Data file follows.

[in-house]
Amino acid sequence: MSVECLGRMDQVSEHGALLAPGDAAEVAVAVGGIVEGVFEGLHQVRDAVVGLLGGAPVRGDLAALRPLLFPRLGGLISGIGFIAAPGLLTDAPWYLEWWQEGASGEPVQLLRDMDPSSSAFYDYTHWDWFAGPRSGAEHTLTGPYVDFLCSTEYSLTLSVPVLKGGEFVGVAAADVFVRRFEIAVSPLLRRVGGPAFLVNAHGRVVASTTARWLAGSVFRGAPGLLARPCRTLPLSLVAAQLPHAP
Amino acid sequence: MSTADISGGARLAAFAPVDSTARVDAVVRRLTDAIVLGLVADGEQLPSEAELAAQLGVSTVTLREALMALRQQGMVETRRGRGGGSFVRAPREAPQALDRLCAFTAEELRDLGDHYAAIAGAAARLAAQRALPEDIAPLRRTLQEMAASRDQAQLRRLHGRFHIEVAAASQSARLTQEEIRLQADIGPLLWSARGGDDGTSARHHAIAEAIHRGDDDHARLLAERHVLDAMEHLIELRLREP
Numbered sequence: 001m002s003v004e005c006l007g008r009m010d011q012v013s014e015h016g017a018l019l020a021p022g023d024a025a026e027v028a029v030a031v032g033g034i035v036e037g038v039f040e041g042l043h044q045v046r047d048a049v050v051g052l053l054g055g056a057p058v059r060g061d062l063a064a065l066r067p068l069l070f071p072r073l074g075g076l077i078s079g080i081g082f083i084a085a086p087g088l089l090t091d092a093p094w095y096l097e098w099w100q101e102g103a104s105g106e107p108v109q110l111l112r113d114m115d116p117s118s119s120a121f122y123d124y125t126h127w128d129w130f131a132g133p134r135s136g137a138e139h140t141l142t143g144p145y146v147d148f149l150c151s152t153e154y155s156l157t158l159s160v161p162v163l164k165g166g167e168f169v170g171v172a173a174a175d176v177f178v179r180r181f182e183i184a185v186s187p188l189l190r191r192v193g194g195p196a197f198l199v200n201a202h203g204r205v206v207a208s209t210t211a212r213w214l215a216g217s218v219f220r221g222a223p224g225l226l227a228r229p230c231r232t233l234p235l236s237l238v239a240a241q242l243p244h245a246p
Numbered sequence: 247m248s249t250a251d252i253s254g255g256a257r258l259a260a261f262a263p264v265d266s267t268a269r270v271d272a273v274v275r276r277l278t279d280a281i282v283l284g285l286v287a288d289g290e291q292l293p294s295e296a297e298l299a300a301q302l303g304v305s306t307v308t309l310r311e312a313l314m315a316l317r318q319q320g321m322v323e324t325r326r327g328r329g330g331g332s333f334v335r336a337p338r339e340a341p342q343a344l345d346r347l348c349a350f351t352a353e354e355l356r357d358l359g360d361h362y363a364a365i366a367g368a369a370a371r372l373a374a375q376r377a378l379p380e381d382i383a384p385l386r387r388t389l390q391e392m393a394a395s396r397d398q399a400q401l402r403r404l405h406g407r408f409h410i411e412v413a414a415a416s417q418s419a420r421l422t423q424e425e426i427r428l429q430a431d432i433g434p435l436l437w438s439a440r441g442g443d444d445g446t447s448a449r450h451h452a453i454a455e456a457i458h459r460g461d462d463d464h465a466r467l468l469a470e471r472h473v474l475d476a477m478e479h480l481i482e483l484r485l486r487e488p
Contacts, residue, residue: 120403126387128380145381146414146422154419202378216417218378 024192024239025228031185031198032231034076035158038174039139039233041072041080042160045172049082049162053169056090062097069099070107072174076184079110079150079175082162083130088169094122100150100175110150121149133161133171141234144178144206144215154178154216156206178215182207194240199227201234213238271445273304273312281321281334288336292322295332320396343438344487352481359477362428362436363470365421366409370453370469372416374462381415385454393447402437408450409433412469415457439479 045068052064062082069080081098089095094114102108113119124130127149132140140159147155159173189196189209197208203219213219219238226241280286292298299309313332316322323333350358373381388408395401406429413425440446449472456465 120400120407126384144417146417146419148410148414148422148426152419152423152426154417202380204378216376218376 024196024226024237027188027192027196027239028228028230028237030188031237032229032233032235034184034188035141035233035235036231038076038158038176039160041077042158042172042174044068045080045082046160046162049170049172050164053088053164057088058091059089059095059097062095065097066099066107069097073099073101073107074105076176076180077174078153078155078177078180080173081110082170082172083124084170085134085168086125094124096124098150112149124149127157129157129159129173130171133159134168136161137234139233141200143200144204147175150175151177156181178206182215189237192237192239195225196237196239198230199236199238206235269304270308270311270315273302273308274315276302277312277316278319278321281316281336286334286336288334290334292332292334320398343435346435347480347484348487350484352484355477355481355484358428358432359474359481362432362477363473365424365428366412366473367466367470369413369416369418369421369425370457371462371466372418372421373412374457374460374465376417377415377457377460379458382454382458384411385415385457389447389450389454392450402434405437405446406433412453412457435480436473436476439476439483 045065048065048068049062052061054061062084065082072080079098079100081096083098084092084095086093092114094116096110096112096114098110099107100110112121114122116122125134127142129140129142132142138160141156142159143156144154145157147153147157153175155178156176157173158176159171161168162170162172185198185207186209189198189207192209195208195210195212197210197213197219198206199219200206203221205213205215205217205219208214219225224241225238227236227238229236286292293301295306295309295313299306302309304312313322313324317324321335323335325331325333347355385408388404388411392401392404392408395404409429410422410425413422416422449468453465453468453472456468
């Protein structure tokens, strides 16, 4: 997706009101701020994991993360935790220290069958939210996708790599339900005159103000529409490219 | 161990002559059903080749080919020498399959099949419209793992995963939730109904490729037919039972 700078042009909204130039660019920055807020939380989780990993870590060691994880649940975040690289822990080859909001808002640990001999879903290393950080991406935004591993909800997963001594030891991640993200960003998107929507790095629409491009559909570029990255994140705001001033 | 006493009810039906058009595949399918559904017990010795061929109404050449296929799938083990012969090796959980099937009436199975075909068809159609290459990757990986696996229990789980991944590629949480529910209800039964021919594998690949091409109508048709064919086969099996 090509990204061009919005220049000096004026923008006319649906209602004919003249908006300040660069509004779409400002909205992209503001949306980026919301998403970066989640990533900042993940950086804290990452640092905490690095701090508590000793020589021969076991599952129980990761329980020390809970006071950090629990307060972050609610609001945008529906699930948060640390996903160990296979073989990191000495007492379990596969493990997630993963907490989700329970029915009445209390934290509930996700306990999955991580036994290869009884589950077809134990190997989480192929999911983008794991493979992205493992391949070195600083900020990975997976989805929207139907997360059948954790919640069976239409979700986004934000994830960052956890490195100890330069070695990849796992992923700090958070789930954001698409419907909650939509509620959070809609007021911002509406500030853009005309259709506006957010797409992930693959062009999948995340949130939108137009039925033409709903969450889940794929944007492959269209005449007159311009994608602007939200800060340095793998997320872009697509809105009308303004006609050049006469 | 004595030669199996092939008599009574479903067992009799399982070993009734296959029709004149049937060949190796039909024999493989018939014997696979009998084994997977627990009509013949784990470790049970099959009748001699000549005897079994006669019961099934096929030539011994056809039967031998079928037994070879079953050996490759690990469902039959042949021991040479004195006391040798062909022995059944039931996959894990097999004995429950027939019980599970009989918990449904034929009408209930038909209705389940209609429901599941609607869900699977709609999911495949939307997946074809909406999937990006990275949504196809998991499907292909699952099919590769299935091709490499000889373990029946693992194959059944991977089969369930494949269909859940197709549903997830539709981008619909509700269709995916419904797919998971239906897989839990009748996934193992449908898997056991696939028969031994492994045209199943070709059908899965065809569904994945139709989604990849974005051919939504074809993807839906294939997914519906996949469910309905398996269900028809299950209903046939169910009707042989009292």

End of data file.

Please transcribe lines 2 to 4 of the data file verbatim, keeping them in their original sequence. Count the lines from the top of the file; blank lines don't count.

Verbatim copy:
Amino acid sequence: MSVECLGRMDQVSEHGALLAPGDAAEVAVAVGGIVEGVFEGLHQVRDAVVGLLGGAPVRGDLAALRPLLFPRLGGLISGIGFIAAPGLLTDAPWYLEWWQEGASGEPVQLLRDMDPSSSAFYDYTHWDWFAGPRSGAEHTLTGPYVDFLCSTEYSLTLSVPVLKGGEFVGVAAADVFVRRFEIAVSPLLRRVGGPAFLVNAHGRVVASTTARWLAGSVFRGAPGLLARPCRTLPLSLVAAQLPHAP
Amino acid sequence: MSTADISGGARLAAFAPVDSTARVDAVVRRLTDAIVLGLVADGEQLPSEAELAAQLGVSTVTLREALMALRQQGMVETRRGRGGGSFVRAPREAPQALDRLCAFTAEELRDLGDHYAAIAGAAARLAAQRALPEDIAPLRRTLQEMAASRDQAQLRRLHGRFHIEVAAASQSARLTQEEIRLQADIGPLLWSARGGDDGTSARHHAIAEAIHRGDDDHARLLAERHVLDAMEHLIELRLREP
Numbered sequence: 001m002s003v004e005c006l007g008r009m010d011q012v013s014e015h016g017a018l019l020a021p022g023d024a025a026e027v028a029v030a031v032g033g034i035v036e037g038v039f040e041g042l043h044q045v046r047d048a049v050v051g052l053l054g055g056a057p058v059r060g061d062l063a064a065l066r067p068l069l070f071p072r073l074g075g076l077i078s079g080i081g082f083i084a085a086p087g088l089l090t091d092a093p094w095y096l097e098w099w100q101e102g103a104s105g106e107p108v109q110l111l112r113d114m115d116p117s118s119s120a121f122y123d124y125t126h127w128d129w130f131a132g133p134r135s136g137a138e139h140t141l142t143g144p145y146v147d148f149l150c151s152t153e154y155s156l157t158l159s160v161p162v163l164k165g166g167e168f169v170g171v172a173a174a175d176v177f178v179r180r181f182e183i184a185v186s187p188l189l190r191r192v193g194g195p196a197f198l199v200n201a202h203g204r205v206v207a208s209t210t211a212r213w214l215a216g217s218v219f220r221g222a223p224g225l226l227a228r229p230c231r232t233l234p235l236s237l238v239a240a241q242l243p244h245a246p